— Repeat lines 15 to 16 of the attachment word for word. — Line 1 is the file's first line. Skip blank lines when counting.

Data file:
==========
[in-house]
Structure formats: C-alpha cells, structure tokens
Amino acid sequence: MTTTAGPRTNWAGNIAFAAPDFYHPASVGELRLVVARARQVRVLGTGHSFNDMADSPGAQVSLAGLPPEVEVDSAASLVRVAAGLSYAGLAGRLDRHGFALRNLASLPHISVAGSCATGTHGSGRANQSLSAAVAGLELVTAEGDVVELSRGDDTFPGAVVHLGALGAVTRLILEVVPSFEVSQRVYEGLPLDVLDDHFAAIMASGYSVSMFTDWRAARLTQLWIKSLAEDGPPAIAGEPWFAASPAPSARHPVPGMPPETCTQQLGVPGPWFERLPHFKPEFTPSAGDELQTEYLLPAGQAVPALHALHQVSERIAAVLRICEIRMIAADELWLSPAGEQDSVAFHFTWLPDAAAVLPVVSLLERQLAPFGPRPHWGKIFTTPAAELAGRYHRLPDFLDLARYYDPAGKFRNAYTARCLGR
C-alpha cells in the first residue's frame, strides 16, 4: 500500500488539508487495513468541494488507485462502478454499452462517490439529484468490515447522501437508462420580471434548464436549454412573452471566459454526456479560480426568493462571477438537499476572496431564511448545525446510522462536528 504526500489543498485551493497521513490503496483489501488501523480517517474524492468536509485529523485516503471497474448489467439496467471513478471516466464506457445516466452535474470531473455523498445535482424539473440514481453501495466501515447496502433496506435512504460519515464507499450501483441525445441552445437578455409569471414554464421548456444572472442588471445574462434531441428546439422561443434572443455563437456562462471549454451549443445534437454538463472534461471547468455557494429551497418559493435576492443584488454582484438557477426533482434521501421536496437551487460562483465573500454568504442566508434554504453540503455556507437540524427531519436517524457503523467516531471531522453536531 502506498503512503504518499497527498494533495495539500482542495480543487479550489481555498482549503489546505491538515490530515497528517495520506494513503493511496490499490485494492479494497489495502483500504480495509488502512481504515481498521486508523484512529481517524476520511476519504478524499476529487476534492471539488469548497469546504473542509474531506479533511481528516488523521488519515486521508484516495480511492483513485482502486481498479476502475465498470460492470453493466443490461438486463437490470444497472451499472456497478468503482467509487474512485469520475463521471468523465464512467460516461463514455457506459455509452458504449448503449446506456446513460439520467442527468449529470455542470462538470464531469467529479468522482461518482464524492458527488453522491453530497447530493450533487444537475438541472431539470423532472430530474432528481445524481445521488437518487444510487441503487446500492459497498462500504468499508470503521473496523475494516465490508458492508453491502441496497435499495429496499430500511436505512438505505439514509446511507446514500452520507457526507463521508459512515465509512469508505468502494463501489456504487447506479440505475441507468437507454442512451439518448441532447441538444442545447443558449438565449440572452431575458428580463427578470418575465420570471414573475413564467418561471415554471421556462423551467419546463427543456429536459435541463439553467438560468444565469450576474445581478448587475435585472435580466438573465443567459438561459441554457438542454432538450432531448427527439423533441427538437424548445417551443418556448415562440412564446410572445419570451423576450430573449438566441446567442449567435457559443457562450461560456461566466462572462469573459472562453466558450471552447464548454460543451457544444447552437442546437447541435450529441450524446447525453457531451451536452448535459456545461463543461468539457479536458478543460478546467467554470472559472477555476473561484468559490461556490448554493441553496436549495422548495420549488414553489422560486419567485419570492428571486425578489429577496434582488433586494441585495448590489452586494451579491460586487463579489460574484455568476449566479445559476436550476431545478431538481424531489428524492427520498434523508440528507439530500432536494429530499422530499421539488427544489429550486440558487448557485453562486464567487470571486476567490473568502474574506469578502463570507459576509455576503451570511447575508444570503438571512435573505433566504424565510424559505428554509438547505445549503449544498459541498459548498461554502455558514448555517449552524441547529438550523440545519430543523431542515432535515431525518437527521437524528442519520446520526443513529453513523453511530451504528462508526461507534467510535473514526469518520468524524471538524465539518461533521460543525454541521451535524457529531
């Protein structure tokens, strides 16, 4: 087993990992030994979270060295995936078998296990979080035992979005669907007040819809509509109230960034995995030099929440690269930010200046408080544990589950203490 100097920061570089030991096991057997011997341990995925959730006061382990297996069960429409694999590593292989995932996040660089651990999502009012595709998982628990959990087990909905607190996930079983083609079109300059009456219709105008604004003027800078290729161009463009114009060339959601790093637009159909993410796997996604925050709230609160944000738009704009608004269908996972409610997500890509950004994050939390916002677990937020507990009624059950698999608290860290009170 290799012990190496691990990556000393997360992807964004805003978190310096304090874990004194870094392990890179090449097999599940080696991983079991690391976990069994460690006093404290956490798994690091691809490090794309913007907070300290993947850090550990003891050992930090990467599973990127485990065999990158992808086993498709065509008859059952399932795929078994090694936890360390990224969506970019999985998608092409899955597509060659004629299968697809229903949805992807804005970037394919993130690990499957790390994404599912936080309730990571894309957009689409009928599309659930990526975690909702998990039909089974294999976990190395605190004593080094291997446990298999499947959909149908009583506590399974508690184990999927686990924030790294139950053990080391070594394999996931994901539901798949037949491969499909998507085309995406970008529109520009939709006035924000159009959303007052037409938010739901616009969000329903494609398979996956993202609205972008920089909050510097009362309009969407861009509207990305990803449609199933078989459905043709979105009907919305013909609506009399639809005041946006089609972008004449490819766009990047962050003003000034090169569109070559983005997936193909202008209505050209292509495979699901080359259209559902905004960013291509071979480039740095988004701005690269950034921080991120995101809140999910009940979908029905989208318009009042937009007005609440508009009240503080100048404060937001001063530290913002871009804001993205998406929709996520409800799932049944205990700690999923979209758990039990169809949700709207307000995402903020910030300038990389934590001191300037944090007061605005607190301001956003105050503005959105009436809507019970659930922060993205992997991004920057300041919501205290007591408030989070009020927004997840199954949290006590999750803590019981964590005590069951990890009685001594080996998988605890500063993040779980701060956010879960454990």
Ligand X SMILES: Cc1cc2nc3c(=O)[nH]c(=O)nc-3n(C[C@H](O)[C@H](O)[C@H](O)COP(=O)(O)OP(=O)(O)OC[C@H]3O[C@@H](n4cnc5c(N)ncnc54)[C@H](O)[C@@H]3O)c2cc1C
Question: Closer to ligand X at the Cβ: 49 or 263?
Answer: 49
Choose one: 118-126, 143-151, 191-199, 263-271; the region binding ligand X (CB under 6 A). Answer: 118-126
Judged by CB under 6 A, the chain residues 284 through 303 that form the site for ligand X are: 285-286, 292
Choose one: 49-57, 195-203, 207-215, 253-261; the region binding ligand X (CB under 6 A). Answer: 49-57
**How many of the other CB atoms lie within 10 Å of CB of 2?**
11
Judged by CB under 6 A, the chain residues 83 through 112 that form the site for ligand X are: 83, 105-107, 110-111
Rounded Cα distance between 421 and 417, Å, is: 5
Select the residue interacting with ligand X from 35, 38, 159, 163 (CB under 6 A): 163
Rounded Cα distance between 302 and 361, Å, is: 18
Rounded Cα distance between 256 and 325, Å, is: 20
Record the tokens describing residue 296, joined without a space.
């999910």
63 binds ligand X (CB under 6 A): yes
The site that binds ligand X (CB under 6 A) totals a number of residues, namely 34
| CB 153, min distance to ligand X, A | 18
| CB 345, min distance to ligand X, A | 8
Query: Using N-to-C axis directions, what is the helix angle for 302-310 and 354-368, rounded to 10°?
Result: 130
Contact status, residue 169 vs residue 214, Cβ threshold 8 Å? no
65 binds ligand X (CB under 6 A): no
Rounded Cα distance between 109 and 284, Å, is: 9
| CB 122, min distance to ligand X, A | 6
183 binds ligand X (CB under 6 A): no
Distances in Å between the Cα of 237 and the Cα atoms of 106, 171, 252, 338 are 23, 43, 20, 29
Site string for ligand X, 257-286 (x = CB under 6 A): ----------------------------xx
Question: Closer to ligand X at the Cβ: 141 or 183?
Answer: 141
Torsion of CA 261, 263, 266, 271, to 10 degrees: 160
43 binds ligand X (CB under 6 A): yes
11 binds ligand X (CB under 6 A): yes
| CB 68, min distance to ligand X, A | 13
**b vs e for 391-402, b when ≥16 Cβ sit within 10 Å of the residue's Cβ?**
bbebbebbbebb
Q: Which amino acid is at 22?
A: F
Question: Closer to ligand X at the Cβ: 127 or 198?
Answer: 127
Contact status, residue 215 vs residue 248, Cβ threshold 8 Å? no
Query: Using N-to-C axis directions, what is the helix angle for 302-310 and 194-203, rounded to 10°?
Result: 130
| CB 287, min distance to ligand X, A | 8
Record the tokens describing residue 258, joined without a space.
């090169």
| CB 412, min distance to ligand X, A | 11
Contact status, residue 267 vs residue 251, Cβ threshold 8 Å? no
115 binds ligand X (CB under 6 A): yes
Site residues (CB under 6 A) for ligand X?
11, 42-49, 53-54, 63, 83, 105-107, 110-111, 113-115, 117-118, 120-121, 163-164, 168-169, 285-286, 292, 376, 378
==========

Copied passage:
Rounded Cα distance between 421 and 417, Å, is: 5
Select the residue interacting with ligand X from 35, 38, 159, 163 (CB under 6 A): 163